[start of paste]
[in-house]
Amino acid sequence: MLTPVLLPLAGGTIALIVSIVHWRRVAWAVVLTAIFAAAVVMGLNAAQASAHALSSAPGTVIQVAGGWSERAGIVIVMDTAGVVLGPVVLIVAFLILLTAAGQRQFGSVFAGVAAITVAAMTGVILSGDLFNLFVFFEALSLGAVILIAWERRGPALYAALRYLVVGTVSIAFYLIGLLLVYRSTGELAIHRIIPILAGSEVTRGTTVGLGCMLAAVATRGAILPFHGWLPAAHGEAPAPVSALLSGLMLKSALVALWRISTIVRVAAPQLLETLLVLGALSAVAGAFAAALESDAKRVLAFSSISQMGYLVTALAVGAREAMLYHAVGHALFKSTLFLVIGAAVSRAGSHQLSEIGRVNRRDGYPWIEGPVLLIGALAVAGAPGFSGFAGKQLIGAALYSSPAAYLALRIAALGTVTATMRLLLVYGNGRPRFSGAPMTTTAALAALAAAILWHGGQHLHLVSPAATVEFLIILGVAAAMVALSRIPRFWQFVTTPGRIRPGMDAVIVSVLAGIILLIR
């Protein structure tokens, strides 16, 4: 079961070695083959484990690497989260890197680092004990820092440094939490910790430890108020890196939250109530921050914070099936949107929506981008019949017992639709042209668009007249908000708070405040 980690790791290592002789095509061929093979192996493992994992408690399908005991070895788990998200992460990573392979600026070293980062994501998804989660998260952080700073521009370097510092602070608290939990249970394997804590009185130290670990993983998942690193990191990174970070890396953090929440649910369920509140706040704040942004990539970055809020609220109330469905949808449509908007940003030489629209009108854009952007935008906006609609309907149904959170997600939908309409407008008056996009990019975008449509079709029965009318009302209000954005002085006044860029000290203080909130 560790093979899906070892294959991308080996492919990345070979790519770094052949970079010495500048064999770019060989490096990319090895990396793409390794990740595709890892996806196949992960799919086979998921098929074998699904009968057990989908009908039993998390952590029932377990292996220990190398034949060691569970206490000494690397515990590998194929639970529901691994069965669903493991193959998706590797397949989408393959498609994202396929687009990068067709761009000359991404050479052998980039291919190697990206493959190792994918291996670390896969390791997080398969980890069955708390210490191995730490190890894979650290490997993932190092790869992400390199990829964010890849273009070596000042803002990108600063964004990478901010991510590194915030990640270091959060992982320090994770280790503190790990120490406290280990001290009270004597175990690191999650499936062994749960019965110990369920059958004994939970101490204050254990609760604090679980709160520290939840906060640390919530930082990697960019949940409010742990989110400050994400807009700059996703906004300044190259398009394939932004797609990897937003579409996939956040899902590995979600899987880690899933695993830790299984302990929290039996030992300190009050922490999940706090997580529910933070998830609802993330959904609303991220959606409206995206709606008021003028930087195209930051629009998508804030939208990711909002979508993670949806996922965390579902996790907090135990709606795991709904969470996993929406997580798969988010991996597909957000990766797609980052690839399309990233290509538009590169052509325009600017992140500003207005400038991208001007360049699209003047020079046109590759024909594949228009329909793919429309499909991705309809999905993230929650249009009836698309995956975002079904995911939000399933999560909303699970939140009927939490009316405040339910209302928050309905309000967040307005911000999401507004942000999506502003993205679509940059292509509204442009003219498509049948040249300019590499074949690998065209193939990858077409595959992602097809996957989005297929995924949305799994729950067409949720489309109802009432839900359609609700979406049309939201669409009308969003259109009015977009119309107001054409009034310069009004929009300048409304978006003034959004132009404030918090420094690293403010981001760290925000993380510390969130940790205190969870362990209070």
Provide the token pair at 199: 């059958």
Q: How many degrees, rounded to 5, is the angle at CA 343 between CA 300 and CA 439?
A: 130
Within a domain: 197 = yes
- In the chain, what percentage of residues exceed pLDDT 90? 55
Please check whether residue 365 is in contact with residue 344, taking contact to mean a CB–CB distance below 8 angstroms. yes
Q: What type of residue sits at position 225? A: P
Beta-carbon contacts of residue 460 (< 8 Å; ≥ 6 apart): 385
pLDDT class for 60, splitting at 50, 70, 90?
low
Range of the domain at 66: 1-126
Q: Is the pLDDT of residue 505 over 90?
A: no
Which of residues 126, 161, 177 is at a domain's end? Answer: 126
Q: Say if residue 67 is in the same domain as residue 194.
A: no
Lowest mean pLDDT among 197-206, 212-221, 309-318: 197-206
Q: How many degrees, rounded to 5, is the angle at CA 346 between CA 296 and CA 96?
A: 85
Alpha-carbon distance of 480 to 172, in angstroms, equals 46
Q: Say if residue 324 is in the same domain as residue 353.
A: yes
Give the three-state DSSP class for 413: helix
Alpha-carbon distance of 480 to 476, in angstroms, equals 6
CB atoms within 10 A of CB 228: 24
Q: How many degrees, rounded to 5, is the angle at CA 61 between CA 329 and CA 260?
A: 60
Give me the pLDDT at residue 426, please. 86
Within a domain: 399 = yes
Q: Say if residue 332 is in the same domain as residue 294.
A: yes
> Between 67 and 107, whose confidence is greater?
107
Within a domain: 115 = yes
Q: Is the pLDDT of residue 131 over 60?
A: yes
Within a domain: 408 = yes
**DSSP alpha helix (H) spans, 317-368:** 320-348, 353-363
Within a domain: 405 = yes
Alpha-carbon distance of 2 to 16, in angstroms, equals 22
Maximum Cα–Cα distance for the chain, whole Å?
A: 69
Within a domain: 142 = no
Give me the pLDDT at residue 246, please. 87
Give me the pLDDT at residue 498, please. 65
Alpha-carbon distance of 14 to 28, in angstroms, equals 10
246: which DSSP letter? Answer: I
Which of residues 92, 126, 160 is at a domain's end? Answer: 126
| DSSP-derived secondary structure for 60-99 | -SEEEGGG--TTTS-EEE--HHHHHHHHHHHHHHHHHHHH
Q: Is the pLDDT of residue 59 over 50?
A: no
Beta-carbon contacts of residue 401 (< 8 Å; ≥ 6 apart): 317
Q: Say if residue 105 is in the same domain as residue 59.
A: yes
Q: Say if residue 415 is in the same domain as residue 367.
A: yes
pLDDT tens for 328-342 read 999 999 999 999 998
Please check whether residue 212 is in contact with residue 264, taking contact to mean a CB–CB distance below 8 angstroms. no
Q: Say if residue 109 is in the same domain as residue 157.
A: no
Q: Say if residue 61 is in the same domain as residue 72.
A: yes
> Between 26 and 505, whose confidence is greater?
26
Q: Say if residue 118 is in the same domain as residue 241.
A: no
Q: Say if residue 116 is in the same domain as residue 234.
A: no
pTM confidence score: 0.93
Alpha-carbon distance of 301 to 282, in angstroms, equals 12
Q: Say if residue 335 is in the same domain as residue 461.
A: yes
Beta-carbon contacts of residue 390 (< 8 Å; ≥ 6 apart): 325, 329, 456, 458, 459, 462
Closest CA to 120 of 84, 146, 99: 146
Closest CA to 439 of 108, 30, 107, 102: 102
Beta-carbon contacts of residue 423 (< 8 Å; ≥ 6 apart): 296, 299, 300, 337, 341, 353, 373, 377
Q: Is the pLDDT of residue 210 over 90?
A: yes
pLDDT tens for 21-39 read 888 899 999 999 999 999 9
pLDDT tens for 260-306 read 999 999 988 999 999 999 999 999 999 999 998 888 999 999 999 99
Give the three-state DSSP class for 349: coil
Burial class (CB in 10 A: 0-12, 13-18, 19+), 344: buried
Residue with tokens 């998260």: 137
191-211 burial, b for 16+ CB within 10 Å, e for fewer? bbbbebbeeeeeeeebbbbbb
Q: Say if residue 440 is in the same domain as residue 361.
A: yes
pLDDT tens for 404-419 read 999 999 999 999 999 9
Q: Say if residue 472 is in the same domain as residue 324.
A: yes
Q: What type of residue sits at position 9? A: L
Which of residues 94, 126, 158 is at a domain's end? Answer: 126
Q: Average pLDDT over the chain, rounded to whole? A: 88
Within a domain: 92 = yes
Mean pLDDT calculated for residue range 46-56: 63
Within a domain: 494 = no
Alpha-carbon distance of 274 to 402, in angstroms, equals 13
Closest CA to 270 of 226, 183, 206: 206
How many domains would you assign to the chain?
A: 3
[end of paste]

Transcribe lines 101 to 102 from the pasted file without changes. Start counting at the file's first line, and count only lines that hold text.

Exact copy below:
How many domains would you assign to the chain?
A: 3